Diss: Axel Kühn: Alexander Neill
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This thesis deals primarily with the German, but also considers the international response to and influence of British educationalist A.S. Neill and his well-known school, "Summerhill".

The first part of the thesis, "Literarisches", outlines the story of A.S. Neillıs life, focusing largely on his publications and the publicıs response to them. One of the major distinctions between Neill and other influential educators of his time is that throughout his life Neill wrote prolifically, and in this way, and with varying success, tried to determine the discussion and debate around his ideas. He was, perhaps, the last international "superstar" in the educational field.

Neill was born in 1883. The opening biographical sketch describes his childhood and youth, including his education as a "pupil-teacher" at his fatherıs school, his first teaching experiences at Scottish primary schools, and his entrance into Edinburgh.University, where he became editor of the student magazine and began dealing with educational topics in his very first articles and editorials.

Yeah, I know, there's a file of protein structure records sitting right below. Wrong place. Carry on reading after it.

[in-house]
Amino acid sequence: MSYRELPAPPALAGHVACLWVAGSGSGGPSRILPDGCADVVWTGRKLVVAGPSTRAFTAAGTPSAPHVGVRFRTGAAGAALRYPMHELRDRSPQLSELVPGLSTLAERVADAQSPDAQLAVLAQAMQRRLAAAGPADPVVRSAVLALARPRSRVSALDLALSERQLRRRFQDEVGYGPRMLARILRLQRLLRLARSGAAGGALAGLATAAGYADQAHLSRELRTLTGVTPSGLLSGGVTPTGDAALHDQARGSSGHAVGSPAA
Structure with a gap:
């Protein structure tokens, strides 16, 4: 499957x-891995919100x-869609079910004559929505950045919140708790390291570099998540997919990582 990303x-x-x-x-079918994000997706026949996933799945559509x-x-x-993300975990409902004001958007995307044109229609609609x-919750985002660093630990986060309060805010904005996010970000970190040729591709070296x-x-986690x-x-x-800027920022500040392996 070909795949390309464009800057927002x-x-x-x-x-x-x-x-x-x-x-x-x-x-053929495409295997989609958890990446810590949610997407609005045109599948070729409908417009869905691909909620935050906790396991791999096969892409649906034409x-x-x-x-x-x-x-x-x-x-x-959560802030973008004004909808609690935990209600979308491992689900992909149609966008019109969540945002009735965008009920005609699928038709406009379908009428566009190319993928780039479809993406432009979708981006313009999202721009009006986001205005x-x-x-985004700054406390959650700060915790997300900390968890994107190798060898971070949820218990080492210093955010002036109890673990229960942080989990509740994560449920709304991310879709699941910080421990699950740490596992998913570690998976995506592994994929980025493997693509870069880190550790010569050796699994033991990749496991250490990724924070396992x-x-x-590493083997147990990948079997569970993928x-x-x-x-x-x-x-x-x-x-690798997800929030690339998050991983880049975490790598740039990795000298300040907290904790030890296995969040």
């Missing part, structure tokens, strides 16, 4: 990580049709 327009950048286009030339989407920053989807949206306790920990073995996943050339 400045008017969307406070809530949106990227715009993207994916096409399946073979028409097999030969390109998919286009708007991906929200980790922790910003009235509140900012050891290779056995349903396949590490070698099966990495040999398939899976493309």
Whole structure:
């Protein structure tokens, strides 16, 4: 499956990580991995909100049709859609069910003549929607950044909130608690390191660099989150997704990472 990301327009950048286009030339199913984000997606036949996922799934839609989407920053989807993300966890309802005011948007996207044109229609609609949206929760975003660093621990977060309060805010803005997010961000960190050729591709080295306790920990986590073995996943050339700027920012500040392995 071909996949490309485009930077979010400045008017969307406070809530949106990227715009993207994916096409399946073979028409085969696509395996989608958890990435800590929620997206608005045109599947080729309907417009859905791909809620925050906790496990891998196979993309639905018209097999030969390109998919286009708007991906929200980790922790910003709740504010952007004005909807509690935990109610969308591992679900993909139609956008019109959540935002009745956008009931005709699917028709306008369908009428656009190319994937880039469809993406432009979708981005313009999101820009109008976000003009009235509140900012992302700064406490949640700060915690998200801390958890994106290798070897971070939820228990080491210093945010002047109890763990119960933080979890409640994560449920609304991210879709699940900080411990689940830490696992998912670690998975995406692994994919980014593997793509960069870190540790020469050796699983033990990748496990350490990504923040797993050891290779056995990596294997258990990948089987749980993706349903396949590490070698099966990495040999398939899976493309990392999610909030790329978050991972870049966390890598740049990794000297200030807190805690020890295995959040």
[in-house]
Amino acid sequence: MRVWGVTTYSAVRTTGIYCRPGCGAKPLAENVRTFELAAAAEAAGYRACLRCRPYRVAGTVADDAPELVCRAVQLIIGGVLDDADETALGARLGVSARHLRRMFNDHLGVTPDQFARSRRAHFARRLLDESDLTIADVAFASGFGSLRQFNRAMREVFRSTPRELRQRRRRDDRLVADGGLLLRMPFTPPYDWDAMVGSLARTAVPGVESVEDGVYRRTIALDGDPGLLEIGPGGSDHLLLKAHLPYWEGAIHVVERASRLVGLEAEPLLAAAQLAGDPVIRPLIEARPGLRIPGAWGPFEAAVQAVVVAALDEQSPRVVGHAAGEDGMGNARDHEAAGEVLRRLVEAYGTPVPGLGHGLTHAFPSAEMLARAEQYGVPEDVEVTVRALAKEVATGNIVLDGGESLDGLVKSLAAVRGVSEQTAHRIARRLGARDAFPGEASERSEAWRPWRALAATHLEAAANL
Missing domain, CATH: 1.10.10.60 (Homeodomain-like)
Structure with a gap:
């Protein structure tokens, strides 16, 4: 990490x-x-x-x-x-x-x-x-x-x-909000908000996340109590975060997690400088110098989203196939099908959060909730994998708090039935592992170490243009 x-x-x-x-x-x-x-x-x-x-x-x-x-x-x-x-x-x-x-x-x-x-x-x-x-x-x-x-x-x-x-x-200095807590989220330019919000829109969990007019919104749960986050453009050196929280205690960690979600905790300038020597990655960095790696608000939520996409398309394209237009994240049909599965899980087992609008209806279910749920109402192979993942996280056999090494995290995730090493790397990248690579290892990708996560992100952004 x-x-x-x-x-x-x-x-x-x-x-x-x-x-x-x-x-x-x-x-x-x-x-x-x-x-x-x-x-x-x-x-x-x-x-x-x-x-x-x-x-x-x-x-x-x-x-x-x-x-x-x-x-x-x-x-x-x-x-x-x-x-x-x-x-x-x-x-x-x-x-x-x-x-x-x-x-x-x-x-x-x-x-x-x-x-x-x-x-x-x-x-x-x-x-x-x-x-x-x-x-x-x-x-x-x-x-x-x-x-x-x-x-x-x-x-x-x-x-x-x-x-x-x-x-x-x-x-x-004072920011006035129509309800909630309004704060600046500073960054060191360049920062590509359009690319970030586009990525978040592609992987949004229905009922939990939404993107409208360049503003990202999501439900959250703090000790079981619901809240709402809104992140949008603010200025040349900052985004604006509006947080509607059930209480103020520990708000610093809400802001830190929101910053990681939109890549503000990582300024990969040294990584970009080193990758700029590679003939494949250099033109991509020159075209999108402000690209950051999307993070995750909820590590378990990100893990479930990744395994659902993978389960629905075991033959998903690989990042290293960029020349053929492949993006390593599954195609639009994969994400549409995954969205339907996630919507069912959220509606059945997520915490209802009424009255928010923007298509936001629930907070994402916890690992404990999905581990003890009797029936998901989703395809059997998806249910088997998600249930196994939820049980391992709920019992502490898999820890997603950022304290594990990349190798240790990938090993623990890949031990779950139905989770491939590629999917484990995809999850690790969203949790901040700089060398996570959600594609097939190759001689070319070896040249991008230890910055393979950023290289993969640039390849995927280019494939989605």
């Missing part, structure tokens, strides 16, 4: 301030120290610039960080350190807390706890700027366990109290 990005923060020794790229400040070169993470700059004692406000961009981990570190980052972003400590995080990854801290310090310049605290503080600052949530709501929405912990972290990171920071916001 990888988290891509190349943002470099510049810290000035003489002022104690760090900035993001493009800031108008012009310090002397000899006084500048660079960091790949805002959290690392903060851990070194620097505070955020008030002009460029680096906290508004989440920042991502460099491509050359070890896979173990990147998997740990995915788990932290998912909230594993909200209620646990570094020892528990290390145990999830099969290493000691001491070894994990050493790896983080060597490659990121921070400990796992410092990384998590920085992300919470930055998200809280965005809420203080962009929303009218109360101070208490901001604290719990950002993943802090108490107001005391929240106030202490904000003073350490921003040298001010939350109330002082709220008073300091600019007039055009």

He then went into journalism, but with the looming threat of the First World War, returned to teaching. He became head of Gretna Green.Village.School, in Scotland, and for the first time was able to experiment with new and radical methods of child-rearing. The first of the 19 books he wrote appeared in 1915 under the title A Dominieıs Log, and it and its successors immediately became British best-sellers. In A Dominieıs Log he described, in a humorous way, his pedagogical practice, the key elements of which already consisted of "freedom to decide whether to go to lessons or not", "excursions into nature", and exotic topics such as "Womenıs Rights" and "Modern Drama". Neill turned traditional religious lessons based on Christian dogma into lessons on the worldıs main religions, and he set up evening classes for those pupils who had reached the age of 16 and were taken from school by their farmer-parents in order to help with the family income.

Neill later became a teacher at a London progressive school, but was not able to adapt to the schoolıs too "traditional" ways of teaching. He became co-editor of The New Era, documenting and supporting reforms in education. In this role he came into contact with numerous different progressive educational experiments in the United Kingdom and in mainland Europe, as well as in the USA. He attended conferences and gave lectures, and visited a great number of different progressive schools.